Google released software Monday that allows developers to add support for the Google Chromecast streaming device to their Android, Chrome, and iOS apps.
The Chromecast wireless receiver connects to TVs through an HDMI port and can receive content streamed from the cloud, mobile devices, or personal computers. Introduced last summer for $35, the device has proven popular, unlike Google TV, the company's previous attempt to integrate television and the web. Though Google has not released Chromecast sales figures, CFO Patrick Pichette said during the company's earnings call last week that Chromecast was a bestseller throughout the last quarter of 2013. Chromecast remains at the top of the Amazon.com Best Sellers In Electronics list.
Initially, Chromecast users could access content only through Google Play, Google's YouTube, and Netflix. Support for HBO, Hulus Plus, and Pandora came later.
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In December, Google issued a Chromecast update that added support for 10 more apps, enabling them to transmit content to Chromecast-connected TVs. With the official release of the Google Cast software development kit (SDK), developers can adapt their Android, Chrome, and iOS apps to communicate with Chromecast hardware and display content on connected screens. Google previously made a preview Cast SDK release available, so developers could familiarize themselves with the APIs.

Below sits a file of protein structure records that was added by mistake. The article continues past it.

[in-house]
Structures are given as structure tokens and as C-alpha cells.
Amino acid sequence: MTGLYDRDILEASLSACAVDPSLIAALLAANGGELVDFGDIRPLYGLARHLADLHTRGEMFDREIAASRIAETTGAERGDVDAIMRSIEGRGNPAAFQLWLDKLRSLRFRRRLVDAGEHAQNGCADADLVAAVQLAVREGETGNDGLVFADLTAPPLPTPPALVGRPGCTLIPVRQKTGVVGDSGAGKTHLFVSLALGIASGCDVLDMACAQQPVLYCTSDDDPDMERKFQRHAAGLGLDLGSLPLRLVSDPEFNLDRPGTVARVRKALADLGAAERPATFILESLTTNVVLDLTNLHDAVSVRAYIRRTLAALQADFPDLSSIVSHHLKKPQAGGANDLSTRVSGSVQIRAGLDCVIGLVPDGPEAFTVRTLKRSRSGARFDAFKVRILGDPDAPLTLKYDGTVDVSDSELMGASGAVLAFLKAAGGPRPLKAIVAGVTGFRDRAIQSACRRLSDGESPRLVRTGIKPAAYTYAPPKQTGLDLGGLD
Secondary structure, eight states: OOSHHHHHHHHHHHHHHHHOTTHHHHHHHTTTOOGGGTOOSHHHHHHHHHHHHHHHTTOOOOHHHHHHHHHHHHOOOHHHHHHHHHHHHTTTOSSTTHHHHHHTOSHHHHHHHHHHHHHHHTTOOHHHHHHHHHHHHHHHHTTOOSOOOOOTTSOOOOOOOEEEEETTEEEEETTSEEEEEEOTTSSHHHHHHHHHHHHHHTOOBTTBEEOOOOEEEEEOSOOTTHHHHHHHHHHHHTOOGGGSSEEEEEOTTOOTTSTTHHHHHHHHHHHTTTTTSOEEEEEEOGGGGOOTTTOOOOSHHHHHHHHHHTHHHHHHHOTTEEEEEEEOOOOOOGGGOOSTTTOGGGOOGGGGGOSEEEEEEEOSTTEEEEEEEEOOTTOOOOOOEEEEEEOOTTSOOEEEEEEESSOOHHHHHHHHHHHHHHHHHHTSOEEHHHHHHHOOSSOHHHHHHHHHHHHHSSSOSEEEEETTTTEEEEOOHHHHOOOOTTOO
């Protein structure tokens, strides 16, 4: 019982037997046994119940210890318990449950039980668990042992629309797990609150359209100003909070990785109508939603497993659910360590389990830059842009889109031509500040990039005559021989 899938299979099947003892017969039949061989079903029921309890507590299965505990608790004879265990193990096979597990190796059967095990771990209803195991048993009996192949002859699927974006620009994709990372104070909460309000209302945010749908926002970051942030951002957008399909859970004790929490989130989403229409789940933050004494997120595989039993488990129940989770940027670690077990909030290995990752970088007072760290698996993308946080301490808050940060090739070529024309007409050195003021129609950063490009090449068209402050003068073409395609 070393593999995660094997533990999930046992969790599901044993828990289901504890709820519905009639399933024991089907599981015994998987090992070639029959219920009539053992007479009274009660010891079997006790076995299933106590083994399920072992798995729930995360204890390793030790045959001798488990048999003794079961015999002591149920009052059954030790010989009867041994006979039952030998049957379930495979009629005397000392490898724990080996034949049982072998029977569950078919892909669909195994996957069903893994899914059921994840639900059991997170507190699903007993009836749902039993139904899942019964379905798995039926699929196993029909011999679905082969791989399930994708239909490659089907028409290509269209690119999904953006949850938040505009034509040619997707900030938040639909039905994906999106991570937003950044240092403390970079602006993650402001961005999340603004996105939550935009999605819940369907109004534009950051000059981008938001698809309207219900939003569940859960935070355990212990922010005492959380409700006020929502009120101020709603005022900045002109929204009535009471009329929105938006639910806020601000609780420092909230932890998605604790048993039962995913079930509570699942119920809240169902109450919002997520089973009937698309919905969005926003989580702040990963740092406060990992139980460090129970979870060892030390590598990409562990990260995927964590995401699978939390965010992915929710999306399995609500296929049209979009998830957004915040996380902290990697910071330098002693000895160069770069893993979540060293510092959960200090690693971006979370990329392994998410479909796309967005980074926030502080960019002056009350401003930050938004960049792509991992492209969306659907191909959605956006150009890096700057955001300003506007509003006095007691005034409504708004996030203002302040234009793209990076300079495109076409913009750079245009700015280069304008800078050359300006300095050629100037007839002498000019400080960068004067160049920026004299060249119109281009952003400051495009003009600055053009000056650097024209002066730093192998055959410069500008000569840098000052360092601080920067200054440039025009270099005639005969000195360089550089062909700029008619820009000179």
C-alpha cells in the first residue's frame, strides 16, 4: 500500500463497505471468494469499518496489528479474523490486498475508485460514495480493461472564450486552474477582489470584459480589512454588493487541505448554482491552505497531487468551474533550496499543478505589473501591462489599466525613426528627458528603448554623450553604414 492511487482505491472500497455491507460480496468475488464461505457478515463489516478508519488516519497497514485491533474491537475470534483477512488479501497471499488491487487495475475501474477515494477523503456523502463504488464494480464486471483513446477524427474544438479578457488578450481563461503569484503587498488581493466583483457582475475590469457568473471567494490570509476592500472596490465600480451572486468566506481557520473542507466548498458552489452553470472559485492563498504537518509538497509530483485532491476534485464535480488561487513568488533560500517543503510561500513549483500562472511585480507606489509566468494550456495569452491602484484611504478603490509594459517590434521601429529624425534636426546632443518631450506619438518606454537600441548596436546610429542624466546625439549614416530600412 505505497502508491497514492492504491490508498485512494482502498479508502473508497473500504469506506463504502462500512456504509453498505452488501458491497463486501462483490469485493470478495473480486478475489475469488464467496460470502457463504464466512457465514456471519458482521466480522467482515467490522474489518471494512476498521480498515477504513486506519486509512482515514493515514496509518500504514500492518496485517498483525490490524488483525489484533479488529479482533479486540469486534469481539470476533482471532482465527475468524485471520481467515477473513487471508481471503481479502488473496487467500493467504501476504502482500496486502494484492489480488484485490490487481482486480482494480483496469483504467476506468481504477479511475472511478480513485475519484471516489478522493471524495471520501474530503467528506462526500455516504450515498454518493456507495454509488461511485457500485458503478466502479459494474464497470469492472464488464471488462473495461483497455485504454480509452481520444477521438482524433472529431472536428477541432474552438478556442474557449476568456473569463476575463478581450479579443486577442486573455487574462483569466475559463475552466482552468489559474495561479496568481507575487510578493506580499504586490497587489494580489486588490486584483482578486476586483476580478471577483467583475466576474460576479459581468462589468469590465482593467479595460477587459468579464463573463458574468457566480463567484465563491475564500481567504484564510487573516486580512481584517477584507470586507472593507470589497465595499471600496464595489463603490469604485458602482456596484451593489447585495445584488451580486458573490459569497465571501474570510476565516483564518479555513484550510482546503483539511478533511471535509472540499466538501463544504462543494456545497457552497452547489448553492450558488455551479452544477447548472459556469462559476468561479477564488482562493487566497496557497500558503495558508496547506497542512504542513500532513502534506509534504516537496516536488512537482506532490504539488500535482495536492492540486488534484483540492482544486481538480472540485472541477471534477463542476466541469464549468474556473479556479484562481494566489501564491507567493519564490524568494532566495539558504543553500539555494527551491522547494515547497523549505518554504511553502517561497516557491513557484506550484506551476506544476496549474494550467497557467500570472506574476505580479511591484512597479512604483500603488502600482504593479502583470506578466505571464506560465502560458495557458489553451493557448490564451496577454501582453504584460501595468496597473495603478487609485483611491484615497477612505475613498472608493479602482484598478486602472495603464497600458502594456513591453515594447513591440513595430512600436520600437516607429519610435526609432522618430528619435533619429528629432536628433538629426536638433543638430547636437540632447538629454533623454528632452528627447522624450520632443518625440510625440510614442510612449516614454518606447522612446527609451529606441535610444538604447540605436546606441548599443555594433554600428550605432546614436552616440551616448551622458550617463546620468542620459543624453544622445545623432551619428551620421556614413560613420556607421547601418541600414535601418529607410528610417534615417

Chromecast has been opened to developers just as Apple appears to be preparing to turn its "hobby," Apple TV, into a full-time business. The Apple Store website now lists its streaming media device Apple TV as a fifth category, alongside the iPad, iPhone, iPod, and Mac product lines. Previously, Apple TV was marketed as a peripheral.
Since Apple made iOS the foundation of the software on Apple TV in September 2010, there has been speculation about whether the company might upgrade Apple TV to run iOS apps. A recent 9to5mac report suggests that apps are coming to Apple TV soon as part of an anticipated product revision. However, it's far from clear whether apps running on TVs will ever be anything more than enlarged versions of mobile apps.
Chromecast is just part of Google's effort to compete for a presence in consumers' living rooms. Through YouTube, it has been working with engineers at Netflix on Dial, a protocol to help mobile devices "discover and launch" apps on TVs. Dial is similar but not identical to Apple's AirPlay and the Wi-Fi Alliance's Miracast. It is intended as a simple way to pair mobile apps with TV apps, so mobile apps can issue commands to TV apps. AirPlay and Miracast stream content from mobile devices to TVs. All three protocols can be expected to play parts in the infiltration of TVs by mobile devices and streaming hardware.
Too many companies treat digital and mobile strategies as pet projects. Here are four ideas to shake up your company. Also in the Digital Disruption issue of InformationWeek: Six enduring truths about selecting enterprise software (free registration required).Thomas Claburn has been writing about business and technology since 1996, for publications such as New Architect, PC Computing, InformationWeek, Salon, Wired, and Ziff Davis Smart Business. Before that, he worked in film and television, having earned a not particularly useful ... View Full Bio